France, West Germany, Italy, Belgium, Luxembourg, and the Netherlands began negotiating the treaty. The Treaty Establishing the ECSC was signed in Paris on 18 April 1951, and entered into force on 24 July 1952. The Treaty expired on 23 July 2002, after fifty years, as was foreseen. The common market opened on 10 February 1953 for coal, iron ore and scrap, and on 1 May 1953 for steel.

Partly in the aim of creating a United States of Europe, two further Communities were proposed, again by the French. A European Defence Community (EDC) and a European Political Community (EPC). While the treaty for the latter was being drawn up by the Common Assembly, the ECSC parliamentary chamber, the EDC was rejected by the French Parliament. President Jean Monnet, a leading figure behind the Communities, resigned from the High Authority in protest and began work on alternative Communities, based on economic integration rather than political integration.[1]

As a result of the energy crises, the Common Assembly proposed extending the powers of the ECSC to cover other sources of energy. However, Monnet desired a separate Community to cover nuclear power, and Louis Armand was put in charge of a study into the prospects of nuclear energy use in Europe. The report concluded that further nuclear development was needed, in order to fill the deficit left by the exhaustion of coal deposits and to reduce dependence on oil producers. The Benelux states and West Germany were also keen on creating a general common market; however, this was opposed by France owing to its protectionist policy, and Monnet thought it too large and difficult a task. In the end, Monnet proposed creating both as separate Communities to attempt to satisfy all interests.[2] As a result of the Messina Conference of 1955, Paul-Henri Spaak was appointed as chairman of a preparatory committee, the Spaak Committee, charged with the preparation of a report on the creation of a common European market.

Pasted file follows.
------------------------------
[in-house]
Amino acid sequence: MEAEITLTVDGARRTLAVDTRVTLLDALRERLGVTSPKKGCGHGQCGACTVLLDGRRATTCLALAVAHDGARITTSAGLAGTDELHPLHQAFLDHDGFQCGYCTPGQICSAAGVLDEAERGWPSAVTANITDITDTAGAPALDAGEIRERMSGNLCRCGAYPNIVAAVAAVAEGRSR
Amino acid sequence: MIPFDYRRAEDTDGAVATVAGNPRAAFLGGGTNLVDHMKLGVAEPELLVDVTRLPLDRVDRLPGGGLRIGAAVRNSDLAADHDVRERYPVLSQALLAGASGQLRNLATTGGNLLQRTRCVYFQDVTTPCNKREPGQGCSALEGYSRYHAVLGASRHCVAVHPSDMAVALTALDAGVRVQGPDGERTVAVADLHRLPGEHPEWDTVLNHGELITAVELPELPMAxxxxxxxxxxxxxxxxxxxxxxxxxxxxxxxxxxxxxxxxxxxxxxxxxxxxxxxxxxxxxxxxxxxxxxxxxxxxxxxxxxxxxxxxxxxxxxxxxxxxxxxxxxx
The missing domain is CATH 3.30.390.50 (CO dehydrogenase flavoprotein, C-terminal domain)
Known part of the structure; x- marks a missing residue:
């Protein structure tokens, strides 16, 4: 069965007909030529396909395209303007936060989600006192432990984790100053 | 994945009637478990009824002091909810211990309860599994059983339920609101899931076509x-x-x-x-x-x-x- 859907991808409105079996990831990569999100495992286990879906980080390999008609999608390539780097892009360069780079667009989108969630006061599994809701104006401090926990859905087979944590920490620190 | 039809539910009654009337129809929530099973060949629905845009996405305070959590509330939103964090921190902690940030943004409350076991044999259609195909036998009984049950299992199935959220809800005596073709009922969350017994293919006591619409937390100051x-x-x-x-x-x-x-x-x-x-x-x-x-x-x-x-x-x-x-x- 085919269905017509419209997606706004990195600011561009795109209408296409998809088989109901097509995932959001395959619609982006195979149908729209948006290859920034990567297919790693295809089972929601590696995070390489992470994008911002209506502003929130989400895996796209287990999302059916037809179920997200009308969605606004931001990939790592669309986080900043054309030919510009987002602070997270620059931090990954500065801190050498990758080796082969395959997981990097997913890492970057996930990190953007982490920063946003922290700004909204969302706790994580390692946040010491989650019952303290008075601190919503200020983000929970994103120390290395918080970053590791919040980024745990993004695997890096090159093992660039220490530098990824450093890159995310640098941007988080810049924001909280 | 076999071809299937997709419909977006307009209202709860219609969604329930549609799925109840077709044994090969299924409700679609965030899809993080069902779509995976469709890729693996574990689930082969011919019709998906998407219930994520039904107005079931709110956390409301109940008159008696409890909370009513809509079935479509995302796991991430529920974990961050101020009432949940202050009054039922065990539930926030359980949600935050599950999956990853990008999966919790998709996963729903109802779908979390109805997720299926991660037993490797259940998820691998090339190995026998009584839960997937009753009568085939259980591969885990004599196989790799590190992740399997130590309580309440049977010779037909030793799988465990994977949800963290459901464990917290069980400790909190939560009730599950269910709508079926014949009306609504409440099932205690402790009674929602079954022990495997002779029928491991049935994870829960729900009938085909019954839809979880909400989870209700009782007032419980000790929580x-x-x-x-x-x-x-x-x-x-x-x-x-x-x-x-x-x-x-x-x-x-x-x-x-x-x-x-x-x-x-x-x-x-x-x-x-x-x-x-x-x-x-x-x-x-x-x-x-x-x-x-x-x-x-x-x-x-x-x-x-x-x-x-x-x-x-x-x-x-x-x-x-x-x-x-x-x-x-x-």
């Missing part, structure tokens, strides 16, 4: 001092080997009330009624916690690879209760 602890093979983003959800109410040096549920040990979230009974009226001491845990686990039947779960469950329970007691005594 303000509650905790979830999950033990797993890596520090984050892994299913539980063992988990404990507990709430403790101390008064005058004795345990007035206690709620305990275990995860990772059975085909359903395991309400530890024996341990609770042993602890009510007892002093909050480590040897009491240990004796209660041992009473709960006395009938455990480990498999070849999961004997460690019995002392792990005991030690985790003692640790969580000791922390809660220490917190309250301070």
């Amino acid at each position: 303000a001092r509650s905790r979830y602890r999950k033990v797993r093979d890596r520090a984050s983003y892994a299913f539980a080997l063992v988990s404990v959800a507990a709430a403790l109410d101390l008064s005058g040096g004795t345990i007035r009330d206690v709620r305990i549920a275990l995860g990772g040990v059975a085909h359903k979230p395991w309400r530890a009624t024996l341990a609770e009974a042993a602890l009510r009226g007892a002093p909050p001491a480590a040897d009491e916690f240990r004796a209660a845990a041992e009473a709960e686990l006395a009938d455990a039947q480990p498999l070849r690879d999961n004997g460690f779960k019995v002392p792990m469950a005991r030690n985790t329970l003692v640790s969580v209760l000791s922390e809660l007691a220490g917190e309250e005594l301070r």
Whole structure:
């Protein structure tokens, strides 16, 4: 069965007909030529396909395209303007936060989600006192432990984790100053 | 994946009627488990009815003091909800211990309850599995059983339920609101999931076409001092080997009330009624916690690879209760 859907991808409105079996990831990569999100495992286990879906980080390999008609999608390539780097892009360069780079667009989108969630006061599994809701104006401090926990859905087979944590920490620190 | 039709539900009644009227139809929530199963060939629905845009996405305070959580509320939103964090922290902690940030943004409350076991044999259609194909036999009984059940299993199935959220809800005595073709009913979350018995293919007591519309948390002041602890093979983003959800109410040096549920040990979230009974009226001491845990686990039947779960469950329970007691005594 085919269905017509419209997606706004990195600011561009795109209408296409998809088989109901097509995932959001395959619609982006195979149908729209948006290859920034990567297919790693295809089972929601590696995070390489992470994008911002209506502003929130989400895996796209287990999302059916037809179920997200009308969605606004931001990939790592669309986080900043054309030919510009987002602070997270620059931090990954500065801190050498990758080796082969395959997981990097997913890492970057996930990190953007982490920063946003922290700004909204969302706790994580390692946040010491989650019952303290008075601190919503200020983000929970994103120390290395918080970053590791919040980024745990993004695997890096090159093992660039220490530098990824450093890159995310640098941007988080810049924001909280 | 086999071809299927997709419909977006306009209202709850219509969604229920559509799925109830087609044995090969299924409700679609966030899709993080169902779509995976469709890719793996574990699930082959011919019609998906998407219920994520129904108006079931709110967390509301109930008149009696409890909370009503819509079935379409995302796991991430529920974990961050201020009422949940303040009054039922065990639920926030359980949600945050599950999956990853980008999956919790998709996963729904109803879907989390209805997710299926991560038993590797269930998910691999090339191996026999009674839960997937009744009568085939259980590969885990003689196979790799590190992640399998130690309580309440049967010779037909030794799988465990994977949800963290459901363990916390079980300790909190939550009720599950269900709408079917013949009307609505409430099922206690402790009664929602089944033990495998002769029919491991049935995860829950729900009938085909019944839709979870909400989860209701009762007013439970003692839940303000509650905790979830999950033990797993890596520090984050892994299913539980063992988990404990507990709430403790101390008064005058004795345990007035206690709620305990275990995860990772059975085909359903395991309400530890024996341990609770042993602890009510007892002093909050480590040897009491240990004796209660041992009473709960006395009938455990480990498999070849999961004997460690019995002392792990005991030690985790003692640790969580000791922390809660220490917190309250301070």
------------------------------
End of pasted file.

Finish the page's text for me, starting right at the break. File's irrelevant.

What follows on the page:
Move towards a Single Market

The Spaak Report[3] drawn up by the Spaak Committee provided the basis for further progress and was accepted at the Venice Conference (29 and 30 May 1956) where the decision was taken to organise an Intergovernmental Conference. The report formed the cornerstone of the Intergovernmental Conference on the Common Market and Euratom at Val Duchesse in 1956.